I survived my first blood test and went home for the rest of the day feeling incredibly woozy and drained and now every other blood test I have, I'm made to lay down for 15 minutes afterwards so we don't have a repeat performance.
The blood test I got for my new doctor involved a lot of tests - meaning it involved a lot of blood. Nine vials, to be exact. Let's just say I was glad to be laying down when five minutes in I started to get really woozy. I might sound like a major wuss, but being hypoglycemic and fasting is enough trouble even before you add in blood loss :P
After the blood test was over, I did my usual laying-down-while-Katrina-has-her-date-with-a-vampire routine and we were on our way back home. The results for some of the tests were going to take a week or so, so we would have to wait for answers - and get the CT scan in the meantime.
The CT scan was a piece of cake. No contrast injection was needed (much to my needle-phobic delight!). Awkwardly the lady doing the CT was overly complimenting and decided to tell me how beautiful I was whilst strapping my chin into the machine (thank goodness they don't have mirrors).
My brains fabulous photo shoot was over in a few minutes and we then just had to wait to pick up the films. To the untrained eye, my brain just looked like a squishy little ugly thing with thankfully no big lumps that looked nasty, but we had to wait to find out what the results were from the doctor.
We went back to the doctor, CT films in hand and she had all of the results from the tests. She started to go through the blood work and let me know what the results meant - if they were normal/abnormal/slightly above or below.
My iron stores had dropped significantly, despite my increased iron supplement - due to my poor absorption with all of my stomach issues and my cortisol levels were slightly higher than usual.
"There's a reason for this level to be higher... it's just.. yes... yes... on the last page here" said the doctor. This is where my brain starts thinking "Cortisol.. what's cortisol.. cortisone... it's a steriod.. no wait, cortisol is the stress hormone... why is it high?... listen Kristy!". The worst thing to do to someone waiting for answers is to leave them in suspense!
We got to the last page of results to find out.. I have glandular fever/mono/mononucleosis/the kissing disease. I've had it for quite some time and it's still current in my system. The doctor thinks my system has been attacked differently than usual in that I don't have any flu-like symptoms. Instead the glandular fever is just draining me of any energy. Because of this, she wants to keep monitoring me to make sure the glandular fever doesn't develop into ME/chronic fatigue syndrome which I'm at a high risk of developing.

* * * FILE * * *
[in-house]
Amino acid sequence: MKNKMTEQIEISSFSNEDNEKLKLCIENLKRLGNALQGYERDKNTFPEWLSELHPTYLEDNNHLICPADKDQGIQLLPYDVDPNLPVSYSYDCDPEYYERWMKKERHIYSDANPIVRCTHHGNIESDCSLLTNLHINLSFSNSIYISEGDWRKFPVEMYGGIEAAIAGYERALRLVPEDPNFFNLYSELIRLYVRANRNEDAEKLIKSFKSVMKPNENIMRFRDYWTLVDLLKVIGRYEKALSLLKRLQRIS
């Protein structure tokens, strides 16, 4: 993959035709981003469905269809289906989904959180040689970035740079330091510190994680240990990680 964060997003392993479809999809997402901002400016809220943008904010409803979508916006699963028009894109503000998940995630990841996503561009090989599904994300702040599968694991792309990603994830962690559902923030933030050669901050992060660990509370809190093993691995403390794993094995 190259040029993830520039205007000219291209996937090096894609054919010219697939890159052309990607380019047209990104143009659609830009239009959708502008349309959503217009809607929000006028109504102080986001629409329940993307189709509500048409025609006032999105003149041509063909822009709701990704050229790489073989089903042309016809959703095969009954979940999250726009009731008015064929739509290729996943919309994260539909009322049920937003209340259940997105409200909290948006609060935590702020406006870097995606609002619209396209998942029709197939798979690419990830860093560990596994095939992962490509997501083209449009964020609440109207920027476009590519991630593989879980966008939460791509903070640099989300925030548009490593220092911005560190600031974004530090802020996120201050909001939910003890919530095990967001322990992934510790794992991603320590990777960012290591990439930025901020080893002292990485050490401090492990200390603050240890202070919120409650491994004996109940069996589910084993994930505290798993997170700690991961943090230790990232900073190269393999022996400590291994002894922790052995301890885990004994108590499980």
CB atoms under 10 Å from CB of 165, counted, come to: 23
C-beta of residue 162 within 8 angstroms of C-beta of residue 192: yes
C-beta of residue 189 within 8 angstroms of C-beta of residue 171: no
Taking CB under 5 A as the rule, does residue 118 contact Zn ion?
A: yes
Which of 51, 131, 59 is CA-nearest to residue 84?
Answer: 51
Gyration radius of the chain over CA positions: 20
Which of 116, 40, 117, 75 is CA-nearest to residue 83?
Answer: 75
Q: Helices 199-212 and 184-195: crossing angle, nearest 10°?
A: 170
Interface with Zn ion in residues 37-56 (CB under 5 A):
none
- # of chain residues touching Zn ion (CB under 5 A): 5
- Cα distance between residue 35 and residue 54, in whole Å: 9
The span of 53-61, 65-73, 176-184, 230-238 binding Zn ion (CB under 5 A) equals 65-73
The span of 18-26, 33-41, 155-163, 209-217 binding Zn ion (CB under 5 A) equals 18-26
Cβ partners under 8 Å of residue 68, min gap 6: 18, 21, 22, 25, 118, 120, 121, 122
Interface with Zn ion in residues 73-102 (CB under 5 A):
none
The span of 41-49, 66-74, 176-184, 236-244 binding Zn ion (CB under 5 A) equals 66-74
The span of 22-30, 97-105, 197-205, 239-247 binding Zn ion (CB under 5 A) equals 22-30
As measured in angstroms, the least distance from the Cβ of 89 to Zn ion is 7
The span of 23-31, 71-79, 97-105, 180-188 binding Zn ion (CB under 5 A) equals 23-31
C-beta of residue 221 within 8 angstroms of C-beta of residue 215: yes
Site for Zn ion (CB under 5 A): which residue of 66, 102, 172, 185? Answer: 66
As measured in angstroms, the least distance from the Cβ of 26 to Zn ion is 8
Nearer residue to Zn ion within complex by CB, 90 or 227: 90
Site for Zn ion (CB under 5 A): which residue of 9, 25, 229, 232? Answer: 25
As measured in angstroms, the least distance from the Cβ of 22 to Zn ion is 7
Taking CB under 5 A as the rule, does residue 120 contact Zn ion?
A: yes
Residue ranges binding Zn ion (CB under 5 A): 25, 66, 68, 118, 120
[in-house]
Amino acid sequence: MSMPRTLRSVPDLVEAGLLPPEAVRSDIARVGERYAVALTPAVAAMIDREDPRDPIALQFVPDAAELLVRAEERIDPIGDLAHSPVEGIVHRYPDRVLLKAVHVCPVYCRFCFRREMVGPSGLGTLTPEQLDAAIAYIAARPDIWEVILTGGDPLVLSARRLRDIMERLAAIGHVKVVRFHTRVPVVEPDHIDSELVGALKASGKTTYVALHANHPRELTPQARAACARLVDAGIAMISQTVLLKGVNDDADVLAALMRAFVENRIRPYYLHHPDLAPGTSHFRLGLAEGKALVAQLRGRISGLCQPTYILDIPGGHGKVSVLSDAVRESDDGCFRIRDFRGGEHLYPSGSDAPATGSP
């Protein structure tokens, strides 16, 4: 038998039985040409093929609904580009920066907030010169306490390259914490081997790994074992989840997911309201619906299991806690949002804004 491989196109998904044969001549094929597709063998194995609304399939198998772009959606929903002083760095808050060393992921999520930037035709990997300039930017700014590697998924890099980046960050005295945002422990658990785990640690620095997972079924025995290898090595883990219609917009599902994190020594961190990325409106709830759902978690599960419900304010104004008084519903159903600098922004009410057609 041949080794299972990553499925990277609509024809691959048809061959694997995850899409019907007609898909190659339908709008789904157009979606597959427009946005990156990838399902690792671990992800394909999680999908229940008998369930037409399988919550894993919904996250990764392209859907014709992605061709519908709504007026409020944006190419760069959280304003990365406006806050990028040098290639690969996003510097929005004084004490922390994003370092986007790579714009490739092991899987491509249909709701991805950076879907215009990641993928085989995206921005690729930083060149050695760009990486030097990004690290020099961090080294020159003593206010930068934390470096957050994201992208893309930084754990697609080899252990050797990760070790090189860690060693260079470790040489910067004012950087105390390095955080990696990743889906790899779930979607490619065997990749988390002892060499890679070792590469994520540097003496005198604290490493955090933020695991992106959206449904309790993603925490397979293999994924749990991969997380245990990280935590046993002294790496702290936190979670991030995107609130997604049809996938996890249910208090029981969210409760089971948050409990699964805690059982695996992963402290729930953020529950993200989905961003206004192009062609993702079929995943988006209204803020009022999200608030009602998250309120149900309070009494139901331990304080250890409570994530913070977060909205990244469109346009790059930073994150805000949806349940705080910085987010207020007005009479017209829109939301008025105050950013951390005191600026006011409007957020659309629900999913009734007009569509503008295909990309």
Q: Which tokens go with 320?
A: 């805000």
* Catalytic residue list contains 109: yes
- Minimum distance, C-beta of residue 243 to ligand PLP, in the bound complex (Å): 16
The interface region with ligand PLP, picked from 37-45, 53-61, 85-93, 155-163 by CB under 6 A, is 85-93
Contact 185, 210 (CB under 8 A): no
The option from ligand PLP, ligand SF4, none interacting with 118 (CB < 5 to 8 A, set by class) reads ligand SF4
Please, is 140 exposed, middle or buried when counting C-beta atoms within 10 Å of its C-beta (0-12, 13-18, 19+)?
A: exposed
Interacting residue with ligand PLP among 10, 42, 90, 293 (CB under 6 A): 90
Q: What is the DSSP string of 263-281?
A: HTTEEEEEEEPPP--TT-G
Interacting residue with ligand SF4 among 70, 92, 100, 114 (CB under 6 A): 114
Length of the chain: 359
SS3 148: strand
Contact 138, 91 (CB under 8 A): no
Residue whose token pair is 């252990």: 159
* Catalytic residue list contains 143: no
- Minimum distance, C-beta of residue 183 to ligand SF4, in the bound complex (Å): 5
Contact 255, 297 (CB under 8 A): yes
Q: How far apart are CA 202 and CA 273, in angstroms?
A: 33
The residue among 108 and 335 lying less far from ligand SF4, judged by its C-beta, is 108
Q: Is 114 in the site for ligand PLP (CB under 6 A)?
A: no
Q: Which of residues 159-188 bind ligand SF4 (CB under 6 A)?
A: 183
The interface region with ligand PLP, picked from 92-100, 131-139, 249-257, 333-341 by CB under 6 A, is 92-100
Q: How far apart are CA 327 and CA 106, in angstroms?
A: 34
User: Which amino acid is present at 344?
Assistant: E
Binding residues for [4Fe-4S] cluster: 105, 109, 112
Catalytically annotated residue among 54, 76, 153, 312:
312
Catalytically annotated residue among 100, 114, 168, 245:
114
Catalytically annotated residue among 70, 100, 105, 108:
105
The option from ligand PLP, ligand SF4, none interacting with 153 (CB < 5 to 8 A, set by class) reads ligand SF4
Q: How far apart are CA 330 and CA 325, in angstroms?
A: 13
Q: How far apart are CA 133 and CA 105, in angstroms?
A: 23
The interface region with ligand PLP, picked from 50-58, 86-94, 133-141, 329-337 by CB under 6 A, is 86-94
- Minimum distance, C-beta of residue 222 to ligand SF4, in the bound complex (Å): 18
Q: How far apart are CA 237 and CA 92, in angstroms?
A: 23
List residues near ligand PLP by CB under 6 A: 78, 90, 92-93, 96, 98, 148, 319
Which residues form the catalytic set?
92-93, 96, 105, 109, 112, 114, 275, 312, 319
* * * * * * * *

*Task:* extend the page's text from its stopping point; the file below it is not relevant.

My CT scan came back with a jumble of medical terms that sounded horrific and I promised myself I wouldn't google them so as to not freak myself out. There were words like nodules, inflammation, blah blah blah.. We booked an appointment with an ENT (Ear Nose and Throat Specialist) and thankfully we were able to get in the next week!
We got to the ENT's rooms and handed over the pages and pages of my CT report. "Well Kristy.... if you look at this... you'd think you're going to die..."
"But don't worry, if everyone listened to these results.. they'd think they were going to die too - and everyone would be in for multiple surgeries"
He asked about my symptoms, checked out my nose and told me that, whilst he wasn't sure of the cause of all of the inflammation with my sinuses - I definitely did not need surgery at the moment and I definitely was not going to die.
He sent me off to get an allergy prick test or scratch test to see if there weren't any environmental factors causing the inflammation.
They placed 20 drops of allergens on my skin - things like cats, dogs, house dust, horses, grass, pollen etc and then they pricked my skin 20 times in a row with a needle to see if there was a reaction.
Well, there was most definitely a reaction from me because prick after prick after stab after stab hurts. I then had to sit with my arm out for 20 minutes while we waited to see if there was a reaction.
After twenty minutes, my arm still looked the same as you see in the picture - no reaction. I was super relieved, but the only downfall was that I couldn't tell Jesse we couldn't have a cat because I was allergic oh snap. But that's okay, I have a million and one other reasons!
So what now? Now I just have to deal with what I know -
- the gluten free diet stays - forever.
- avoiding food intolerance is a must - for now, until my stomach has time to heal itself and can hopefully tolerate more foods.
- the sinus troubles don't bother me much at all, except for a slight stuffy nose in the mornings some times.
- the fatigue is just something I have to deal with - for now (I have become the queen of power naps, even though they do nothing for my physical fatigue, it's more of a help with mental fatigue and gives me a chance to re-focus)
Most of all, after 2-3 years of having no answers, I'm relieved to have some. Sure, there were more answers than I anticipated - but it's so nice to know that I'm not crazy or completely bonkers and that there's actually reasons for how I'm feeling.
Now I just have to keep busy and forget that I have any problems! Because, afterall, how are you ever going to get anything done if you lay around woefully in your sick bed?!
So tell me, have you ever had mono/glandular fever?